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Ahmadinejad Threatens - or Bluffs - To Halt Oil Exports

Ahmadinejad calls for a total halt to crude oil exports, a move that could be economical suicide but cause worldwide depression.
By Tzvi Ben Gedalyahu
First Publish: 7/31/2012, 5:07 PM

Gasoline station in downtown Los Angeles
Gasoline station in downtown Los Angeles
Reuters

Whether bluff or bluster, Iranian President Mahmoud Ahmadinejad has called for a total halt to cure oil exports, a move that could be economic suicide but also could cause a worldwide depression. Iran relies on oil for approximately 80 percent of its foreign income, which Ahmadinejad needs to continue his race for nuclear capability.

Iranian media, controlled by the government, reported Tuesday that he accused world powers of manipulating the oil industry and that halting exports of crude oil would put pressure on oil producers. ”The real price of oil should have been very much higher in the market than what it is presently,” he said.

Ahmadinejad made his remarks at a dedication of two large projects at Tehran’s Shahid Tondgoyan oil refinery. He added that the Shahid Tondgoyan oil refinery was the first refinery being fully completed by Iranian experts and is an "indication of the complete nationalization of Iran's oil industry.”

“Enemies of Iran could not tolerate the country has found access to the knowledge of producing and meeting all its demand,” he added.

For all of his threats, Ahmadinejad’s comments may reflect both a growing concern that the sanctions are working and the need to win over doubters at home, where the economy is suffering from sanctions despite his mocking the United States and its allies.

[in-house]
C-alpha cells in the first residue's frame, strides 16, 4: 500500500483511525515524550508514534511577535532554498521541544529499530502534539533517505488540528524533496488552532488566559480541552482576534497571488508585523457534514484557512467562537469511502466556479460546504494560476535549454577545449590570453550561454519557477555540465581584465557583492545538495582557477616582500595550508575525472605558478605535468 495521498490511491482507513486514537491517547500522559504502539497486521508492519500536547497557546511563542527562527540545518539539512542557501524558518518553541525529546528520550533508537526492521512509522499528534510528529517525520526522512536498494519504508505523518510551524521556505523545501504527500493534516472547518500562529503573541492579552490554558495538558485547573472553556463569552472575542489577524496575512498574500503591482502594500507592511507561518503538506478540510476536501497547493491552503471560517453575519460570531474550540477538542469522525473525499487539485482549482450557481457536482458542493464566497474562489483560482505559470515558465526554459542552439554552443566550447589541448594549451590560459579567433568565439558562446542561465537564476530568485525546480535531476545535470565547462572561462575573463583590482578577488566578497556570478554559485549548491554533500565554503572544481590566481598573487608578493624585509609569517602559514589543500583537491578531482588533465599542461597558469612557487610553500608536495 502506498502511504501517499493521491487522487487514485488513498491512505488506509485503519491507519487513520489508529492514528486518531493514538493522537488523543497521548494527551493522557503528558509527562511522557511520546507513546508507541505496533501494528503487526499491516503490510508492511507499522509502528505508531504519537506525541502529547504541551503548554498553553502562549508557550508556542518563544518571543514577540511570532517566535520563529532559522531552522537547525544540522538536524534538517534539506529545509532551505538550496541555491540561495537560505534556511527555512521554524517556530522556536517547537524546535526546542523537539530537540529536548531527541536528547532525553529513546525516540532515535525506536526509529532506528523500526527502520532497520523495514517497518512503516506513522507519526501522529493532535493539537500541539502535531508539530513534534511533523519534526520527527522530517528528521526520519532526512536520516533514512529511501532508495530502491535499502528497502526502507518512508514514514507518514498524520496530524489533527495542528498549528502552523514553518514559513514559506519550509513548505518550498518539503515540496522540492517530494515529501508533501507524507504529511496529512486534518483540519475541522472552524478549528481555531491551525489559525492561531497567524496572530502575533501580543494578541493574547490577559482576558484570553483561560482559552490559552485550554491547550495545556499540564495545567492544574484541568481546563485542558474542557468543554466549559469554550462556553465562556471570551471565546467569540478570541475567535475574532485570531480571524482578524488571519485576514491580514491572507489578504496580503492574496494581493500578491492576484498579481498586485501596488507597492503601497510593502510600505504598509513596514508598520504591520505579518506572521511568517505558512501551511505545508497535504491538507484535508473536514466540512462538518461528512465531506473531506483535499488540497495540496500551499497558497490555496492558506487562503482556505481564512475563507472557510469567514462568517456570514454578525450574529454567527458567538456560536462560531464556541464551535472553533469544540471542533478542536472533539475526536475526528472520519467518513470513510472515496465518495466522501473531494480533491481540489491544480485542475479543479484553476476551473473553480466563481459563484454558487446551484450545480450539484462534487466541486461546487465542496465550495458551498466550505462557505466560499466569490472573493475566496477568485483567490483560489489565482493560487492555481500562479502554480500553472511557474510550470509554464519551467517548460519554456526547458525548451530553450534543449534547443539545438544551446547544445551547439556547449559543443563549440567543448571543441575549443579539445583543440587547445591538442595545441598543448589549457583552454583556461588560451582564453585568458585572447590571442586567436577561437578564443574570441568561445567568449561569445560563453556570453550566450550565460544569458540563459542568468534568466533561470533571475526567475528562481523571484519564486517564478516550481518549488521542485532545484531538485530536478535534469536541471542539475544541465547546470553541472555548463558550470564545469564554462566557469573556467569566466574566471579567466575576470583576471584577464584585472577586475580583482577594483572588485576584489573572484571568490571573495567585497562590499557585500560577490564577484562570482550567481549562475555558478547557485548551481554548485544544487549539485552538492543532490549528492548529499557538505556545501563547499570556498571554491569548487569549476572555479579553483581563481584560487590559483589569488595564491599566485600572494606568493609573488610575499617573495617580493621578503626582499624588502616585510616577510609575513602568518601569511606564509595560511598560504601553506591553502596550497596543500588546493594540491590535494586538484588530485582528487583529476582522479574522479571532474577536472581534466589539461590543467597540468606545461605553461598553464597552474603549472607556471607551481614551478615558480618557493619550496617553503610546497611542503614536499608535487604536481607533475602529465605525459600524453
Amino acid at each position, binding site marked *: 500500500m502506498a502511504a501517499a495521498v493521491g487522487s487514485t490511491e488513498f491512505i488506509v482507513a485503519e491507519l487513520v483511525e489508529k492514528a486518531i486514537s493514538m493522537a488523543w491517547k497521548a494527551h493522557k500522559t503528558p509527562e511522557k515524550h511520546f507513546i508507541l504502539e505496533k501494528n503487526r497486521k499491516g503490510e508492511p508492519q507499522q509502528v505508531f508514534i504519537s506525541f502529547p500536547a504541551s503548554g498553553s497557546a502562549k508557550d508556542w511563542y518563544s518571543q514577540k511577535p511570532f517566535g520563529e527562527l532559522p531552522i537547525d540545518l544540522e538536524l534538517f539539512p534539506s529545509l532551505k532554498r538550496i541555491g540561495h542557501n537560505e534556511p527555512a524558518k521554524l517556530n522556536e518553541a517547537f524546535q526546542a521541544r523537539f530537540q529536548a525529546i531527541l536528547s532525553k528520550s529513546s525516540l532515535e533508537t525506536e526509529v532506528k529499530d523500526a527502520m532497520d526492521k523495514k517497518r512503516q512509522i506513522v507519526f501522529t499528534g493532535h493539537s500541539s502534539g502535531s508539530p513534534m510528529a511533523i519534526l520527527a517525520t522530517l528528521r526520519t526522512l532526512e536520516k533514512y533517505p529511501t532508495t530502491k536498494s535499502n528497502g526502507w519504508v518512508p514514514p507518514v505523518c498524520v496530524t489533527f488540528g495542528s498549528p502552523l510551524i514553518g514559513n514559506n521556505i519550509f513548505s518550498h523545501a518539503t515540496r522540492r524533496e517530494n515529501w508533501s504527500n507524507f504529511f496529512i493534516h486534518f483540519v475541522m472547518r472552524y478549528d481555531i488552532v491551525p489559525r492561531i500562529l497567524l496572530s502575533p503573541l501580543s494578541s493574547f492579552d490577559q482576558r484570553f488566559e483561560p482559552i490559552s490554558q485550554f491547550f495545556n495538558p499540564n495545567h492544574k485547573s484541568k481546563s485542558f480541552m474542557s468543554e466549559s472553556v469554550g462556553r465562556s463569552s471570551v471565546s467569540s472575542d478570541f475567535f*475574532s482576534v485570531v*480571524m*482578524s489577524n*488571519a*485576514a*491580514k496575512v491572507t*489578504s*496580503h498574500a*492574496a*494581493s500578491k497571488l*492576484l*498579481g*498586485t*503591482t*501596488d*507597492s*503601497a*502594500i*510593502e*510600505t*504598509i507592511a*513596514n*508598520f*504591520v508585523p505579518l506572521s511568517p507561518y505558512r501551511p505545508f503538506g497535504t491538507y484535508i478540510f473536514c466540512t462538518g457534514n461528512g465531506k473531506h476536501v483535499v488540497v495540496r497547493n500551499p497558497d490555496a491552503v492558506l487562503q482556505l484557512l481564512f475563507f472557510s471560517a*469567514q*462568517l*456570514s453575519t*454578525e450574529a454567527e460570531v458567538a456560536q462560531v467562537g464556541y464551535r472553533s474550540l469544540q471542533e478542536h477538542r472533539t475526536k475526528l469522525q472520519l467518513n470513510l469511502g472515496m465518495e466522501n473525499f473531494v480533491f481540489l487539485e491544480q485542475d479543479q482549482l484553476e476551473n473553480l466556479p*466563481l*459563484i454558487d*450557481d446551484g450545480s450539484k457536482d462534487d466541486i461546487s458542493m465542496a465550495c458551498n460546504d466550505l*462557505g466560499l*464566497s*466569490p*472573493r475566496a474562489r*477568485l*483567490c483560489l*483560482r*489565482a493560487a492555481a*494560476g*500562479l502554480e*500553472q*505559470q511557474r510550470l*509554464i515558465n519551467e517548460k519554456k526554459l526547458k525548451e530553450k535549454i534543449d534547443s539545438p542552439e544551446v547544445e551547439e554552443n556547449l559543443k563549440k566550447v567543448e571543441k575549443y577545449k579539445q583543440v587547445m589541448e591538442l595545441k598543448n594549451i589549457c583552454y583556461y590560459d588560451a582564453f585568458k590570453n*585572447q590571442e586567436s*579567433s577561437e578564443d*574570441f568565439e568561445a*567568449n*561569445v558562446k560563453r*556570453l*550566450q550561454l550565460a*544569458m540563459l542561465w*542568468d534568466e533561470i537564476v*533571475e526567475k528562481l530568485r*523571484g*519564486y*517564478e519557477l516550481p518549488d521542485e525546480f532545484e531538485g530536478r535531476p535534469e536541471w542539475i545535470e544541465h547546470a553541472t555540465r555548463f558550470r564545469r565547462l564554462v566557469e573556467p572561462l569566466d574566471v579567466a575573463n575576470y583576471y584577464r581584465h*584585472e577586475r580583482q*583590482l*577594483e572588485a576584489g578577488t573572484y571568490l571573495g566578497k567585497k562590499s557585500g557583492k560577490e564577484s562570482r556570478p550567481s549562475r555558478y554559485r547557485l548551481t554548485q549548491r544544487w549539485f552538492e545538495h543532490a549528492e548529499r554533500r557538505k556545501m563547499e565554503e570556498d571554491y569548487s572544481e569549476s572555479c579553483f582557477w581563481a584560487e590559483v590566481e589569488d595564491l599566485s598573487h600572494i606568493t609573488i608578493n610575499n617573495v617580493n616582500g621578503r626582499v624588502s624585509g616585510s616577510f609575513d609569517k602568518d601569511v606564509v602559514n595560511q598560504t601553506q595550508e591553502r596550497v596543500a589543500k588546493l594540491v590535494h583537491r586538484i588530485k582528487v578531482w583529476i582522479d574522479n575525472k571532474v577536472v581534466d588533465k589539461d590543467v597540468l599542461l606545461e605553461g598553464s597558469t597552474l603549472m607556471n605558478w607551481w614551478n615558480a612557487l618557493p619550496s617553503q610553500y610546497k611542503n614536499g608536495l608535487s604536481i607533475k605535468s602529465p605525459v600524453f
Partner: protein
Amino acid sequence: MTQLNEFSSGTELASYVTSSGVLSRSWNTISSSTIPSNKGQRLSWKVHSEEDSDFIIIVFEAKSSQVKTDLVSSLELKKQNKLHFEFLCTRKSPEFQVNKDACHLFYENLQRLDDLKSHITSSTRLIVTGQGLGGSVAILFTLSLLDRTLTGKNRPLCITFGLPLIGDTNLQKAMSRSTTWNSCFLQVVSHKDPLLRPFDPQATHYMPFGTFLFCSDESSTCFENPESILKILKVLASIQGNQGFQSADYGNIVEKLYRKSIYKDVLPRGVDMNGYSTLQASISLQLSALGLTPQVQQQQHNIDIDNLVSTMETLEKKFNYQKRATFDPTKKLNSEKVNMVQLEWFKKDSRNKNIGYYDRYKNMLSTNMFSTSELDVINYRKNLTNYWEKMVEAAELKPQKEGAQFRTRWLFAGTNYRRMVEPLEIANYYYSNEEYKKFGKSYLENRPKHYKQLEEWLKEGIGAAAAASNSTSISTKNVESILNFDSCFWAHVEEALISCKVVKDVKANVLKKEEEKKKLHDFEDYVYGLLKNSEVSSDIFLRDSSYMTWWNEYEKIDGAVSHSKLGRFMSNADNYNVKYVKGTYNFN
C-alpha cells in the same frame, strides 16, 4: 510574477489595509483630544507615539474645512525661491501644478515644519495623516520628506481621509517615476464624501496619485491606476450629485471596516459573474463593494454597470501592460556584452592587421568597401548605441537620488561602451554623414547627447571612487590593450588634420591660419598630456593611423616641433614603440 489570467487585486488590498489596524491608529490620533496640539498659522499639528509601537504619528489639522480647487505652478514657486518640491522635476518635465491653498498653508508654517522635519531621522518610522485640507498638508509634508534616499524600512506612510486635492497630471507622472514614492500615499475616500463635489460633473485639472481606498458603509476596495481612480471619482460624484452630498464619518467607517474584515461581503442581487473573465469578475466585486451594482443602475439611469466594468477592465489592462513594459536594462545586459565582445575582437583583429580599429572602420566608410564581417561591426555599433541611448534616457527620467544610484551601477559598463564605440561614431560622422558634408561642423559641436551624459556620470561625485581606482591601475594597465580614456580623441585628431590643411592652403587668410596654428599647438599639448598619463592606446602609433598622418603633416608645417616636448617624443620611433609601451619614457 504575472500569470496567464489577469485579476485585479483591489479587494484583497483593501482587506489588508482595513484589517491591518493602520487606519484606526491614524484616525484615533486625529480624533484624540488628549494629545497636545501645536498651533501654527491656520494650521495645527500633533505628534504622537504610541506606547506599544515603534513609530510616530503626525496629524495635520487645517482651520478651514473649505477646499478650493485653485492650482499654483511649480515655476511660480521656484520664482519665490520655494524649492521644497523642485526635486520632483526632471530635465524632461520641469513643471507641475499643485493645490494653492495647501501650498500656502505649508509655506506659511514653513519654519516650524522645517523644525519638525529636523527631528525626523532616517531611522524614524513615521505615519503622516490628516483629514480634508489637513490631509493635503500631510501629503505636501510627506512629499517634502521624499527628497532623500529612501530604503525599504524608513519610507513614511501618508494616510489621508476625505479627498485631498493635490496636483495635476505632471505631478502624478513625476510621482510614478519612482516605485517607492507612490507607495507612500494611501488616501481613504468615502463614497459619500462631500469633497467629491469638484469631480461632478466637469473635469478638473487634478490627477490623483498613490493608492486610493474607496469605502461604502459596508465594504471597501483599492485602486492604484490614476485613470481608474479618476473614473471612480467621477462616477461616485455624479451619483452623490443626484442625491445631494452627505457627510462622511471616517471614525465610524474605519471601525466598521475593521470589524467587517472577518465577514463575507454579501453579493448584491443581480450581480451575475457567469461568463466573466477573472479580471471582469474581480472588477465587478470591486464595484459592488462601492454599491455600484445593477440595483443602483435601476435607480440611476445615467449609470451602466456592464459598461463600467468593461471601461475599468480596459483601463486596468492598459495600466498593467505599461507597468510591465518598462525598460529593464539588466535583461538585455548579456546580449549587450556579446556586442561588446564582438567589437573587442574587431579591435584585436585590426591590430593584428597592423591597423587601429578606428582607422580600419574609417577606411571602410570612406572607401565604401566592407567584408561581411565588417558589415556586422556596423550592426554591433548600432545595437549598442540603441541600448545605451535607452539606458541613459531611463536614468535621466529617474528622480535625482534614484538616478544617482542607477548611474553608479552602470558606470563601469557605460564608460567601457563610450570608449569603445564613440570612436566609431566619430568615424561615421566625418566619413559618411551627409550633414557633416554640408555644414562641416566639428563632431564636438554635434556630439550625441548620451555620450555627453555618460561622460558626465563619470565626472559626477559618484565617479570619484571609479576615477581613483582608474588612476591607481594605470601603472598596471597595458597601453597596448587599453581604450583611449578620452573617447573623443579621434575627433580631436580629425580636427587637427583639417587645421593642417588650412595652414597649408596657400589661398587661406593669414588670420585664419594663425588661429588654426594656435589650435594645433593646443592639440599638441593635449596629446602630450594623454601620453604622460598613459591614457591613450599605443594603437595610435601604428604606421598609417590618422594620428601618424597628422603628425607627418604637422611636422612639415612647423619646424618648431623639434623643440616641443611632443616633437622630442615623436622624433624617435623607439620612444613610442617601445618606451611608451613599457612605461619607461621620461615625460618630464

Iranian crude exports have fallen sharply because of U.S. and European Union sanctions aimed at starving Tehran of vital oil revenues for its disputed nuclear program by banning imports of both Iranian crude and refined products, Reuters reported.

Washington has prohibited U.S. companies from trading in all Iranian oil products for years, while the EU banned its companies from importing crude and refined products from July 1.

Until 2007, Iran's inadequate refinery infrastructure and rising demand made it increasingly dependent on imported gasoline - a vulnerability Western powers have targeted by banning fuel sales to the country, the news agency added.

Ahmadinejad said at the refinery that the Western sanctions are “ridiculous,” bragging that Western countries “use oil as a political weapon against a country that is an oil producer itself.”

The U.S. Congress last week approved a new set of sanctions on Iran’s energy and shipping industry.